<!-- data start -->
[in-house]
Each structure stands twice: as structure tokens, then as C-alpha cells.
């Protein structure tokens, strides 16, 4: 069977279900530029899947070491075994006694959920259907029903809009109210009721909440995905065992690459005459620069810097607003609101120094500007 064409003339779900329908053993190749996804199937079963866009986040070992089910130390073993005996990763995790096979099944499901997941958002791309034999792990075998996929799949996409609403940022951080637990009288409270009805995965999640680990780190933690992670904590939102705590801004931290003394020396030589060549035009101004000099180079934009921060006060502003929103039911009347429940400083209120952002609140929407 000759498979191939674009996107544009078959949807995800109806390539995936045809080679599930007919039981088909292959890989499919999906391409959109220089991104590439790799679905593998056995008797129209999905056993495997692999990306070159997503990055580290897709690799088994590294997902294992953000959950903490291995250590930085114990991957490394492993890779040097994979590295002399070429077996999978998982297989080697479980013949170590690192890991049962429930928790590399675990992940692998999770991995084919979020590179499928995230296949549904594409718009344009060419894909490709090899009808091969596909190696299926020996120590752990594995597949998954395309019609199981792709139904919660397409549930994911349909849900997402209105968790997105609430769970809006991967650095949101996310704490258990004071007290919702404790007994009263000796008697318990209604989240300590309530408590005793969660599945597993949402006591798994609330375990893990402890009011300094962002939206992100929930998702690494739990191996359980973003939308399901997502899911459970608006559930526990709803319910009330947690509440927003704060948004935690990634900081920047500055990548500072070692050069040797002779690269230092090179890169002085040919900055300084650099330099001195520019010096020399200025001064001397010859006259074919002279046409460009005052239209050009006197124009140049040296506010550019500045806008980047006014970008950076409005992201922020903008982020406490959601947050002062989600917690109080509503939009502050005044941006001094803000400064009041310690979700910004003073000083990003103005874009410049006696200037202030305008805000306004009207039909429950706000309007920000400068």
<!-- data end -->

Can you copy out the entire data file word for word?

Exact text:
[in-house]
Each structure stands twice: as structure tokens, then as C-alpha cells.
């Protein structure tokens, strides 16, 4: 069977279900530029899947070491075994006694959920259907029903809009109210009721909440995905065992690459005459620069810097607003609101120094500007 064409003339779900329908053993190749996804199937079963866009986040070992089910130390073993005996990763995790096979099944499901997941958002791309034999792990075998996929799949996409609403940022951080637990009288409270009805995965999640680990780190933690992670904590939102705590801004931290003394020396030589060549035009101004000099180079934009921060006060502003929103039911009347429940400083209120952002609140929407 000759498979191939674009996107544009078959949807995800109806390539995936045809080679599930007919039981088909292959890989499919999906391409959109220089991104590439790799679905593998056995008797129209999905056993495997692999990306070159997503990055580290897709690799088994590294997902294992953000959950903490291995250590930085114990991957490394492993890779040097994979590295002399070429077996999978998982297989080697479980013949170590690192890991049962429930928790590399675990992940692998999770991995084919979020590179499928995230296949549904594409718009344009060419894909490709090899009808091969596909190696299926020996120590752990594995597949998954395309019609199981792709139904919660397409549930994911349909849900997402209105968790997105609430769970809006991967650095949101996310704490258990004071007290919702404790007994009263000796008697318990209604989240300590309530408590005793969660599945597993949402006591798994609330375990893990402890009011300094962002939206992100929930998702690494739990191996359980973003939308399901997502899911459970608006559930526990709803319910009330947690509440927003704060948004935690990634900081920047500055990548500072070692050069040797002779690269230092090179890169002085040919900055300084650099330099001195520019010096020399200025001064001397010859006259074919002279046409460009005052239209050009006197124009140049040296506010550019500045806008980047006014970008950076409005992201922020903008982020406490959601947050002062989600917690109080509503939009502050005044941006001094803000400064009041310690979700910004003073000083990003103005874009410049006696200037202030305008805000306004009207039909429950706000309007920000400068």